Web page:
Diabetic retinopathy (“DR”) is a complication of diabetes caused by damage to blood vessels in the eyes. There aren’t usually any early warning signs or symptoms of DR. When vision loss occurs it is often too late to fully restore sight. That is why it is crucial that people with diabetes have eye exams at least once a year.
In advanced cases, symptoms occur when the retina, located in the back of the eye, develops abnormal new blood vessels that are weak and prone to bleeding. As more blood leaks out of the vessels over time, vision becomes increasingly obstructed. If left untreated, some patients may only be able to see the difference between light and dark, and nothing more. In severe cases, the condition may even cause the retina to detach, thus requiring surgery to mend. DR may affect as much as 80% of people who have had diabetes for ten or more years. Give sight now to help us stop this growing public health crisis.
An estimated 3.0 million individuals worldwide suffer from DR today, accounting for 0.36% of blindness worldwide. According to the World Health Organization, diabetes is the leading cause of new cases of blindness among adults aged 20-74 years. More than 422 million people worldwide currently have diabetes, and this number is projected to skyrocket in the next decade. Approximately half of these cases are likely to develop DR. Rates of both diabetes and DR are expected to increase significantly in developing countries due to a lack of access to health care.
Factors that may increase the chance of someone with diabetes developing DR include the following:
- How long the patient has had diabetes
- How well the patient maintains his or her blood sugar level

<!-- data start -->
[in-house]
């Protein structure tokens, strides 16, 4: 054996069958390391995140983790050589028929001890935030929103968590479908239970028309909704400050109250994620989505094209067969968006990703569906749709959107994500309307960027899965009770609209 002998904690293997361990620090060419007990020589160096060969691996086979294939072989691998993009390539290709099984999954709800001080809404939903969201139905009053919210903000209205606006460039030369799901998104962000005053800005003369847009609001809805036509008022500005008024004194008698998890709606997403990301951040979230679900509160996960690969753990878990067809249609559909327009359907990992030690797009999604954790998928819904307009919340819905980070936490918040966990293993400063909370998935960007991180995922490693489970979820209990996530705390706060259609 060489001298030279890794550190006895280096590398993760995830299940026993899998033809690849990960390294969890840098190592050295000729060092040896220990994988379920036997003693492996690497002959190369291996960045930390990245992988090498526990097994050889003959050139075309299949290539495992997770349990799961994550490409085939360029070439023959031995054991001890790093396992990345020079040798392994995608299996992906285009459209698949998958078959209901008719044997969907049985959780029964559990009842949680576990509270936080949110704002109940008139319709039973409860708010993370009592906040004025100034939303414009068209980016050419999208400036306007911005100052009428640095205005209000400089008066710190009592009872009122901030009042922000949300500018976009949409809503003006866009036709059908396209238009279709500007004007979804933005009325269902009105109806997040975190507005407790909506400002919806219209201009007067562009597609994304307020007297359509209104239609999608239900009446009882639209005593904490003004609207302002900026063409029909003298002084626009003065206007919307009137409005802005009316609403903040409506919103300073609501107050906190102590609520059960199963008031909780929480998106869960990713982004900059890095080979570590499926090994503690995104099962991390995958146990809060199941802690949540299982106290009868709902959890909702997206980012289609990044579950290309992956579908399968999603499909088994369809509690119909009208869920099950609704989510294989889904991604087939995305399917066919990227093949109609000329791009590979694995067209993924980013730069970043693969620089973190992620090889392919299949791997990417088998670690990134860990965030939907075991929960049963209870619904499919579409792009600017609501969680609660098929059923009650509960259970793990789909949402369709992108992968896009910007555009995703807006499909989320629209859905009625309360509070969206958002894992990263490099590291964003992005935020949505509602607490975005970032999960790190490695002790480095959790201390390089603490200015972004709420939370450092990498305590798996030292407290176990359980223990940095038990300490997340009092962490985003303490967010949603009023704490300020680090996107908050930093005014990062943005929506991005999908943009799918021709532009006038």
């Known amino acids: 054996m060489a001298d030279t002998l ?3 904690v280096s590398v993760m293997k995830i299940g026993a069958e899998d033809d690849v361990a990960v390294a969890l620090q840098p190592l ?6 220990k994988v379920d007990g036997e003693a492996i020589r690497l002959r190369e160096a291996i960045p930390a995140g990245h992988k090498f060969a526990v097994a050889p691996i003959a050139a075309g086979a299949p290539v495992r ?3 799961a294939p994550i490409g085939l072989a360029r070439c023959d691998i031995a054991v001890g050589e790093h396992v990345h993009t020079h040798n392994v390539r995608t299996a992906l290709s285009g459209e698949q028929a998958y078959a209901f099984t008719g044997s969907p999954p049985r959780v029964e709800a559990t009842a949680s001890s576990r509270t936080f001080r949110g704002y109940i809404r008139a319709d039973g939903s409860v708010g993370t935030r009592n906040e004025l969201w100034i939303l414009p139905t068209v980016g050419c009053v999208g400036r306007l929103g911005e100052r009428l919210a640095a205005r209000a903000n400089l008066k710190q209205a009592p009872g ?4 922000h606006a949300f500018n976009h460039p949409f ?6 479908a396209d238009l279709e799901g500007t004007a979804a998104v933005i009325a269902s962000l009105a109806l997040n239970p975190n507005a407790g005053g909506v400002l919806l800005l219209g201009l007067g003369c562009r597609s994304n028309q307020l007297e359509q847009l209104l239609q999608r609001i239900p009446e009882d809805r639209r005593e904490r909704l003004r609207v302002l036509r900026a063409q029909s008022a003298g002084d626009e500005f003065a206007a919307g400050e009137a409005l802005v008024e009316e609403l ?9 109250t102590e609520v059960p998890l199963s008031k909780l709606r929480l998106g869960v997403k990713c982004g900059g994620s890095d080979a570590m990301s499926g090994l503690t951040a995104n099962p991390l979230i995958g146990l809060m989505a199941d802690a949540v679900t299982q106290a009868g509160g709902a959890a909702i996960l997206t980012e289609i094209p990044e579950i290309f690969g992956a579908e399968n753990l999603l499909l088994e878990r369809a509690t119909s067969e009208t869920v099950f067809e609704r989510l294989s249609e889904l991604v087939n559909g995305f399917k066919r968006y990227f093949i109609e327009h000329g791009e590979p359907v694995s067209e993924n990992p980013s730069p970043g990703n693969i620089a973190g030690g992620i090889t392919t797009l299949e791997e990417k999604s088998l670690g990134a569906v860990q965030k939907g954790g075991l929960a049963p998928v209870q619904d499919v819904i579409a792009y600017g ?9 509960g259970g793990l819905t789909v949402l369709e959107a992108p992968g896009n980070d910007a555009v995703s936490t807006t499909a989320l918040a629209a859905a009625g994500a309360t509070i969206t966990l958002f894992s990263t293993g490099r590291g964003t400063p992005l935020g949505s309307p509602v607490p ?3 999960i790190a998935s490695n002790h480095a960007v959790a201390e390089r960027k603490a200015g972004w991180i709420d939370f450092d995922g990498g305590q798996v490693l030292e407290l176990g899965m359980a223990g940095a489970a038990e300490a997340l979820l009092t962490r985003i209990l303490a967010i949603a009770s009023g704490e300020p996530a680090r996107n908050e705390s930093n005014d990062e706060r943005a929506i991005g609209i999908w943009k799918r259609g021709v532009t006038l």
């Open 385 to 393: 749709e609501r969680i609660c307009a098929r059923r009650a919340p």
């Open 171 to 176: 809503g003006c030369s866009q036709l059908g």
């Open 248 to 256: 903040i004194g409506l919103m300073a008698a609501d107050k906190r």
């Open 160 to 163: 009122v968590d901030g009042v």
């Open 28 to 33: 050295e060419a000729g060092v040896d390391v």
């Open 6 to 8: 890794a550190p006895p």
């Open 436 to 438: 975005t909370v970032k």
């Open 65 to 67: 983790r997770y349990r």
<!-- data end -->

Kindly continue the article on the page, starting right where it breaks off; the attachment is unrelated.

- High blood pressure
- High cholesterol
- Tobacco use
Development of DR can be prevented or slowed through the careful management of one’s diabetes, which includes the following:
1. Getting annual eye screenings, which can detect diabetic retinopathy in its early stages.
2. Meticulously regulating one’s blood sugar.
3. Keeping an eye on cholesterol and blood pressure.
4. Avoiding tobacco use
SEE’s preferred method of treatment is called Pan-Retinal Photocoagulation, or PRP for short. This technique employs a laser to stop neovascularization (the growth of new abnormal blood vessels due to diabetes). This is a less invasive treatment than surgery, and less expensive than retinal drug injections. However, it may require follow-up treatments, depending on the severity of neovascularization and how well the patient has cared for his or her diabetes.
SEE International & Diabetic Retinopathy Around the World
Here are some of the initiatives SEE is taking to end DR worldwide:
1. Training local eye care personnel how to accurately diagnose DR and appropriate treatment techniques.
2. Working with local organizations to increase awareness and prevention of diabetes and DR.
3. Strengthening local health care infrastructure.
4. Launching a DR Initiative in 2011 with its long-term partners in Honduras, Peru, Vietnam, Georgia, India, and Ghana. SEE works with these pilot sites to build capacity by placing donated DR equipment on permanent loan and by visiting the clinics on a regular basis. SEE volunteers help address the backlog of patients and train the local ophthalmologists on how to identify and treat the disease on their own. During the first two years of the program, doctors performed more than 1,000 DR screenings and 32 laser treatments.
For more information about Asia, Caribbean and Oceania Diabetic Retinopathy Programs, please contact Scott Glass at firstname.lastname@example.org.
For information about Africa and Latin America Diabetic Retinopathy Programs, please contact Emily Halpin at email@example.com.